Disability in the World of Cicero

Auteur: West, Kyle W.
Titre: Disability in the World of Cicero
Éditeur: University of Pennsylvania ProQuest Dissertations Publishing
Annèe edition: 2023
Pages: 276
Mots-clès: Philosophie - Filosofia - Philosophy, Stylistique et genres littéraires - Stilistica e generi letterari - Stylistics and literary genre
Description: Prior to this dissertation, scholars had been hesitant to apply disability as a lens for historical and literary analysis to the ancient world. A model of disability which minimized the body as well as individual agency in favor of heavy emphasis on social construction had left disability difficult to discern in the absence of modern social structures. By applying a multi-factorial “biopsychosocial” model of disability to the writings of Cicero, this problem is circumvented. It is found that, as reflected in Latin terminology, Cicero and his contemporaries did not operate with a clearly theorized “disabled/non-disabled” binary in mind. However, they were very concerned with the frailty of human bodies, which, whether actual (impairment) or potential (vulnerability) could have significant psychological and social consequences. In rhetoric, disability could be used as a means to alienate political and personal enemies from the community, or to throw greater glory on the achievements of those Cicero already admired. In philosophy, disability represented a significant threat to the good life, which had to be met with virtue. Finally, in letters, Cicero makes use of disability as a metaphor to help him process heightened negative emotions. He has to tread carefully, however, as to appear too disabled by grief to his peers would violate social expectations of fortitude. The argument therefore confirms disability as a useful theoretical tool for ancient historical and literary analysis [James Ker, Supervisor of Dissertation - Dissertation presented to the Faculties of the University of Pennsylvania]. Summary and introduction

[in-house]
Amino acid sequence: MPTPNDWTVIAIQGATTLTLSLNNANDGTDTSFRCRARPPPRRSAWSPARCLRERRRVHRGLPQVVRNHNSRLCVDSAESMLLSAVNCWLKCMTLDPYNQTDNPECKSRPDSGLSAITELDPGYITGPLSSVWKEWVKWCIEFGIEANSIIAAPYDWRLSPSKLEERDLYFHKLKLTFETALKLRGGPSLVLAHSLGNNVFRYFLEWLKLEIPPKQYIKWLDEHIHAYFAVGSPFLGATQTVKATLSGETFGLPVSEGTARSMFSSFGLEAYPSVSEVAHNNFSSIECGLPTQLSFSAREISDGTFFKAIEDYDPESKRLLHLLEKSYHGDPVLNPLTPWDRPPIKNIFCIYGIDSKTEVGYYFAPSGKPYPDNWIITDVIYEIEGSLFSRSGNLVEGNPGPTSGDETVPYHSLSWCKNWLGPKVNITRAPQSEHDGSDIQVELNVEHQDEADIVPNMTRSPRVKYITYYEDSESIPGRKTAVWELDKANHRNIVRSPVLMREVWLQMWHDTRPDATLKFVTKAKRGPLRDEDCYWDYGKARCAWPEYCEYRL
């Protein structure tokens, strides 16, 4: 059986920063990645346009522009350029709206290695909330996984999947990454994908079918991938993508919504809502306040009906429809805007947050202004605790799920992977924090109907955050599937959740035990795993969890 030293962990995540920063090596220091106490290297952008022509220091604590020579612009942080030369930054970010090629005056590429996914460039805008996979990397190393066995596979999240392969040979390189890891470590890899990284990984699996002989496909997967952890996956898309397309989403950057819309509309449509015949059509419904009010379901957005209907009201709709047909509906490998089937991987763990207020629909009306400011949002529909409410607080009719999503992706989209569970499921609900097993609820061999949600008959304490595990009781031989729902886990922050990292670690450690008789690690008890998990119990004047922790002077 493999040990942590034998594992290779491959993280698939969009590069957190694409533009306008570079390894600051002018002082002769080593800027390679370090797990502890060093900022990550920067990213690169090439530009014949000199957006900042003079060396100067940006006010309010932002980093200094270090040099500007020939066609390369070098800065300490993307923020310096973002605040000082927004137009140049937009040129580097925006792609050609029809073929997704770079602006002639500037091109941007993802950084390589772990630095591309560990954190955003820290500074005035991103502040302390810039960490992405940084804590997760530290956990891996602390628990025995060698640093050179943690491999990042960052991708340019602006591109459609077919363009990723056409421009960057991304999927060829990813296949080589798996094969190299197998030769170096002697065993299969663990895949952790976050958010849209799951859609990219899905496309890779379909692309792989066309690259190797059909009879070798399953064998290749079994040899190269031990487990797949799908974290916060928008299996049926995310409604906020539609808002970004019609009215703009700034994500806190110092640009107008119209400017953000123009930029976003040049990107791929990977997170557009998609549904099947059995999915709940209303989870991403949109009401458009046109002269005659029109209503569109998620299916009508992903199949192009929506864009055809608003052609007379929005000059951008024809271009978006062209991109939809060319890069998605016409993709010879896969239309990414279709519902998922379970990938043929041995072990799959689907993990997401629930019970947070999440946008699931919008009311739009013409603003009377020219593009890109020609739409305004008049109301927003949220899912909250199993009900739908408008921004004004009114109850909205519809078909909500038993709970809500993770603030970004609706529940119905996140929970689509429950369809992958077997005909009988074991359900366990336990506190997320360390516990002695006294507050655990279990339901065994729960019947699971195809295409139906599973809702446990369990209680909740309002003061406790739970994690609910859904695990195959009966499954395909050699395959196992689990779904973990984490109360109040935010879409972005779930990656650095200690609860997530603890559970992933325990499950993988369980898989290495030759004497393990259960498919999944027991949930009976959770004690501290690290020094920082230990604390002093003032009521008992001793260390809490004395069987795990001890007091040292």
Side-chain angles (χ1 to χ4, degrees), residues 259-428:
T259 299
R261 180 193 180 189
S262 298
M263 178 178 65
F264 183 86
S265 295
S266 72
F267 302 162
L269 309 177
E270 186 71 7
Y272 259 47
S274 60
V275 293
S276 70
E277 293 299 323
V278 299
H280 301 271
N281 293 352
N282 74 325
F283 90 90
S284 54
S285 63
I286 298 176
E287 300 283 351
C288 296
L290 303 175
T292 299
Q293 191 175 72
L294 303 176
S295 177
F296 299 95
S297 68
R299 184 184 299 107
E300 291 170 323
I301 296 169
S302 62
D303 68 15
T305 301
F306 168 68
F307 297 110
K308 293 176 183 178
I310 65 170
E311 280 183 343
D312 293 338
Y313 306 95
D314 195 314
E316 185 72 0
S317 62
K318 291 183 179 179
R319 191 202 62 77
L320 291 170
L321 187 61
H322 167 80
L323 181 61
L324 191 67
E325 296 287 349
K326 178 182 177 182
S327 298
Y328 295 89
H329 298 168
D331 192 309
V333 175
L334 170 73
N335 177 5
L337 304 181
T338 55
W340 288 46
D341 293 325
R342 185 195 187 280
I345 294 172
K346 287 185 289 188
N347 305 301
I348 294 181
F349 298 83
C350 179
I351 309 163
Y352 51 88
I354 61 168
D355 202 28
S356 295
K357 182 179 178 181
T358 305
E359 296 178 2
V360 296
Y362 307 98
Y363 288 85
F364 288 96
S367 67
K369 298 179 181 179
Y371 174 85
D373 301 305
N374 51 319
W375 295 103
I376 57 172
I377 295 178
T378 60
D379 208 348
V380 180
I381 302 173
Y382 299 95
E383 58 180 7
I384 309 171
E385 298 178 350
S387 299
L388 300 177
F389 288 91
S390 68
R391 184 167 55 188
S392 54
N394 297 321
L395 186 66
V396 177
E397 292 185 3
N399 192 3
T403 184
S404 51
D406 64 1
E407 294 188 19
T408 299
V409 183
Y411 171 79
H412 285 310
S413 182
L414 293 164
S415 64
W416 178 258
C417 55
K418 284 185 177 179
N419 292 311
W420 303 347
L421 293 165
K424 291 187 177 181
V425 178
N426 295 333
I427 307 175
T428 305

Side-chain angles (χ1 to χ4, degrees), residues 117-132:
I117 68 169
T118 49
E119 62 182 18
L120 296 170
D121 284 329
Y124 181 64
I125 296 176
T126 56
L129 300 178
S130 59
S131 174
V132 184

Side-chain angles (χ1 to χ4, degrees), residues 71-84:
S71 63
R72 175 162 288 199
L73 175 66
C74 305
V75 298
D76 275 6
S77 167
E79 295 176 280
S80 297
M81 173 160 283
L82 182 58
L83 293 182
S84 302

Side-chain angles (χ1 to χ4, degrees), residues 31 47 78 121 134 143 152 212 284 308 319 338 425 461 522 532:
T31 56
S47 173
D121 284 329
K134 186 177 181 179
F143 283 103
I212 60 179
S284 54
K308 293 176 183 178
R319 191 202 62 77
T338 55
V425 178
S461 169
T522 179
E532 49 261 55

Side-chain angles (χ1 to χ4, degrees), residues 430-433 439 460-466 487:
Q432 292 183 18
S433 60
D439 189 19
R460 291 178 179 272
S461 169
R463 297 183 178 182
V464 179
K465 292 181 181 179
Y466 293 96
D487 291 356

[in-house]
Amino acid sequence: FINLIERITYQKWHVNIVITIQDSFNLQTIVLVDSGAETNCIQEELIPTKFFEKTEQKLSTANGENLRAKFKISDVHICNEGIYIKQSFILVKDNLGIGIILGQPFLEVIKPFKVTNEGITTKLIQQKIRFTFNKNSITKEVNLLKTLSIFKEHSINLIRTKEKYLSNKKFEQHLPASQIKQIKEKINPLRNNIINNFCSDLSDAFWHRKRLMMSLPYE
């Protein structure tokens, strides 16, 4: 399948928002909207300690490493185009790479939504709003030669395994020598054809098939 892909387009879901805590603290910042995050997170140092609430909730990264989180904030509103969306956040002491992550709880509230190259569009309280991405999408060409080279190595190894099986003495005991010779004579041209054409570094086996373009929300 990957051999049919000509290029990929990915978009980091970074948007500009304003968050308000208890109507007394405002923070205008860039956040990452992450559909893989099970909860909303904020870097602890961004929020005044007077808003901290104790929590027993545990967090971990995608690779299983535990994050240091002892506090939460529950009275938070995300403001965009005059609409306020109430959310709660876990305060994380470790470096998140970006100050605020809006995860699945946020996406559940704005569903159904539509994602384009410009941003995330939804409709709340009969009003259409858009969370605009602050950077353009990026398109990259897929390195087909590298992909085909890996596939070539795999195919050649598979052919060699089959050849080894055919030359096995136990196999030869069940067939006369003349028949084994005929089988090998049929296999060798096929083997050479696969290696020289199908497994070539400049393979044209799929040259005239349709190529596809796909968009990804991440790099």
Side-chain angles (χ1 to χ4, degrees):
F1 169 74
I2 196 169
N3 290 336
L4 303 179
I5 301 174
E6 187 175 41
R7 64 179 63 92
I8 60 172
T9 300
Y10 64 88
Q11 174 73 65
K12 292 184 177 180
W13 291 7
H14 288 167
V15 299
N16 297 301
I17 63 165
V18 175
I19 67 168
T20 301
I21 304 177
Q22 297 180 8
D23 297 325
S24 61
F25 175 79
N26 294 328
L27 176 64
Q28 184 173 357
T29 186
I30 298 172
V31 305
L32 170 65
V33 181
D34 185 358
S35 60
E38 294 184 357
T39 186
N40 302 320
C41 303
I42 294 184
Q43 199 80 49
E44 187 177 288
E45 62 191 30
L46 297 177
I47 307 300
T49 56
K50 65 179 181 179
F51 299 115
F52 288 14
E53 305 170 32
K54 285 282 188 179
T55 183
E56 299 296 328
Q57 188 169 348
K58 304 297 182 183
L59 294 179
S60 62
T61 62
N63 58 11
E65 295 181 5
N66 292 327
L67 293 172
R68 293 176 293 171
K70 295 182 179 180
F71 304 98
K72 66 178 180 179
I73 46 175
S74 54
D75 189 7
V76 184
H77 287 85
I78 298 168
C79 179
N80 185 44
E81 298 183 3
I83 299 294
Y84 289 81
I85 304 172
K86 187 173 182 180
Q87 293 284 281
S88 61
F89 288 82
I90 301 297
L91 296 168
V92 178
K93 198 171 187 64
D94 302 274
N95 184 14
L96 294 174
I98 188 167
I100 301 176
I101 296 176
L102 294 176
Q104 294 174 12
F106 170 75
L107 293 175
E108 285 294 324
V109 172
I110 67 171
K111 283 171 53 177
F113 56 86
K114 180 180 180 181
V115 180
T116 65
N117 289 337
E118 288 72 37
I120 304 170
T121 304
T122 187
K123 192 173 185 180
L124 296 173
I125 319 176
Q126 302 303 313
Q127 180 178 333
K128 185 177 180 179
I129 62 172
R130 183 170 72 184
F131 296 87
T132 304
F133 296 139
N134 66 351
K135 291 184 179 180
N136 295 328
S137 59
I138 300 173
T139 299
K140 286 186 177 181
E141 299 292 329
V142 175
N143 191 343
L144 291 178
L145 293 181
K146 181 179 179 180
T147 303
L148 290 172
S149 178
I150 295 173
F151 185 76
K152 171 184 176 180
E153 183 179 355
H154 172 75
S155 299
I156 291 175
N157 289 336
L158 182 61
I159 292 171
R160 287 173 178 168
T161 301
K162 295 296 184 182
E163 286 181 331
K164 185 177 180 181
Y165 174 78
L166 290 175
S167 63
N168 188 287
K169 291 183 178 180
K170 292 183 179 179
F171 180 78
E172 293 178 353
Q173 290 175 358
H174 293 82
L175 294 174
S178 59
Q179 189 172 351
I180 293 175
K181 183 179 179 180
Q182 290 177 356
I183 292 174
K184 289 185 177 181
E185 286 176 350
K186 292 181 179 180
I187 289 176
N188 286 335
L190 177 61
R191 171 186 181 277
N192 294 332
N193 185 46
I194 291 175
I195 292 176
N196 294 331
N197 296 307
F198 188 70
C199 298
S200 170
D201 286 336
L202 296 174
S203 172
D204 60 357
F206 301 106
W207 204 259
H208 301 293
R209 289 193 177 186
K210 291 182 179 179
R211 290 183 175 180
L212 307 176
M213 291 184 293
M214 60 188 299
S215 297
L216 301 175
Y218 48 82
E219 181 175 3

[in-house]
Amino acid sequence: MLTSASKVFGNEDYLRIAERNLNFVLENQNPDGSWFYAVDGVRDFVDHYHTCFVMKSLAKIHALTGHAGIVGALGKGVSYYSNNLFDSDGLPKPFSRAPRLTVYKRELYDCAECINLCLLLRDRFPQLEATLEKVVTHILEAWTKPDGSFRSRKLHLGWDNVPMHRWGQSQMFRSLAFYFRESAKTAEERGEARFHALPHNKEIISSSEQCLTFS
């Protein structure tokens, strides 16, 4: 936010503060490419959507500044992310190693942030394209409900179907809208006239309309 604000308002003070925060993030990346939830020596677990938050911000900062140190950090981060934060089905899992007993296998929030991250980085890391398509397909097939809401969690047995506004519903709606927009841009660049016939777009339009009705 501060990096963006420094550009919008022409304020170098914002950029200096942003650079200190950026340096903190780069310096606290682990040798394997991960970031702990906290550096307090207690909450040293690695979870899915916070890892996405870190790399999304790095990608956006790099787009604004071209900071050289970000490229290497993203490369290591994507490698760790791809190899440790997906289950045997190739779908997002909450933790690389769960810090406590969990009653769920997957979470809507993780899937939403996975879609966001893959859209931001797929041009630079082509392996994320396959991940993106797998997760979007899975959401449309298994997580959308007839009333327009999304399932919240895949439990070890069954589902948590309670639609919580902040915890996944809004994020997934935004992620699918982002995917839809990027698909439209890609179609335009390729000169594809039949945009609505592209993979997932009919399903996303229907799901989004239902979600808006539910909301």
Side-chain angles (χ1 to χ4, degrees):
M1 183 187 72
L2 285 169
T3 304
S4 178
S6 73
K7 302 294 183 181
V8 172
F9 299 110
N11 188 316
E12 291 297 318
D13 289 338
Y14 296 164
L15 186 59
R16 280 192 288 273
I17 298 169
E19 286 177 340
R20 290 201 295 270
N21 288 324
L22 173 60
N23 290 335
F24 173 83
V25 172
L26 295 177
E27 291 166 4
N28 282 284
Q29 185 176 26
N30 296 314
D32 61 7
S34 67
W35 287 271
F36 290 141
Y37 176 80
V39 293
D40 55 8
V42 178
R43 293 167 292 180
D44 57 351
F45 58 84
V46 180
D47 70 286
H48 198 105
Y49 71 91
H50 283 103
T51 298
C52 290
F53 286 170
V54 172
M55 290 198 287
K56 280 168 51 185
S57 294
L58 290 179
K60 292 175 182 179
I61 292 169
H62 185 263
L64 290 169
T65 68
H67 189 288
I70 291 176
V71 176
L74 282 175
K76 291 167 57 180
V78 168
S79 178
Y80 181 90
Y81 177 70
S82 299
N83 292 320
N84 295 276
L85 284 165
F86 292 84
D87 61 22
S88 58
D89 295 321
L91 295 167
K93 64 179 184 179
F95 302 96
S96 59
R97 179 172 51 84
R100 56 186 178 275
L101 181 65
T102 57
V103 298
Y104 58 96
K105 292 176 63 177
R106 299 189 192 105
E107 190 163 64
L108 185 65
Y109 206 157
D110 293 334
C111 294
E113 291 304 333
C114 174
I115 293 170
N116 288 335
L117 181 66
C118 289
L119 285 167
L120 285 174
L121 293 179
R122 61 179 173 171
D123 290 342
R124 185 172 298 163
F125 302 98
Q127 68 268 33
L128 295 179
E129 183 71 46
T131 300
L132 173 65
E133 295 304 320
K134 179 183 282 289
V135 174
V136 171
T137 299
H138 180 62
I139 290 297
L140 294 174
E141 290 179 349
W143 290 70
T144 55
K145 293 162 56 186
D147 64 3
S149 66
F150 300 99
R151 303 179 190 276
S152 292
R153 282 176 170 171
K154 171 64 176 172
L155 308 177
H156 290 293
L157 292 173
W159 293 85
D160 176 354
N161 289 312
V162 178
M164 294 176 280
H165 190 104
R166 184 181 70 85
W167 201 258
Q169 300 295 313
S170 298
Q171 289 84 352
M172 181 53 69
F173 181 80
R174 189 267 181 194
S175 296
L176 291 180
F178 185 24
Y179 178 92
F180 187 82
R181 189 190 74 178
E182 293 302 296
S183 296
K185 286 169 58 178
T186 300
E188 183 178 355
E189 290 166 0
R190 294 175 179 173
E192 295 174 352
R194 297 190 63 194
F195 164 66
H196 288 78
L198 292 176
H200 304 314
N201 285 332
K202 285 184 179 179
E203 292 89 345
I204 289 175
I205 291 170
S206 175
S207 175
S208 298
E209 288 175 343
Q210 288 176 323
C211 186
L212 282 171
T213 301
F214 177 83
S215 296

Sigle auteur: West 2023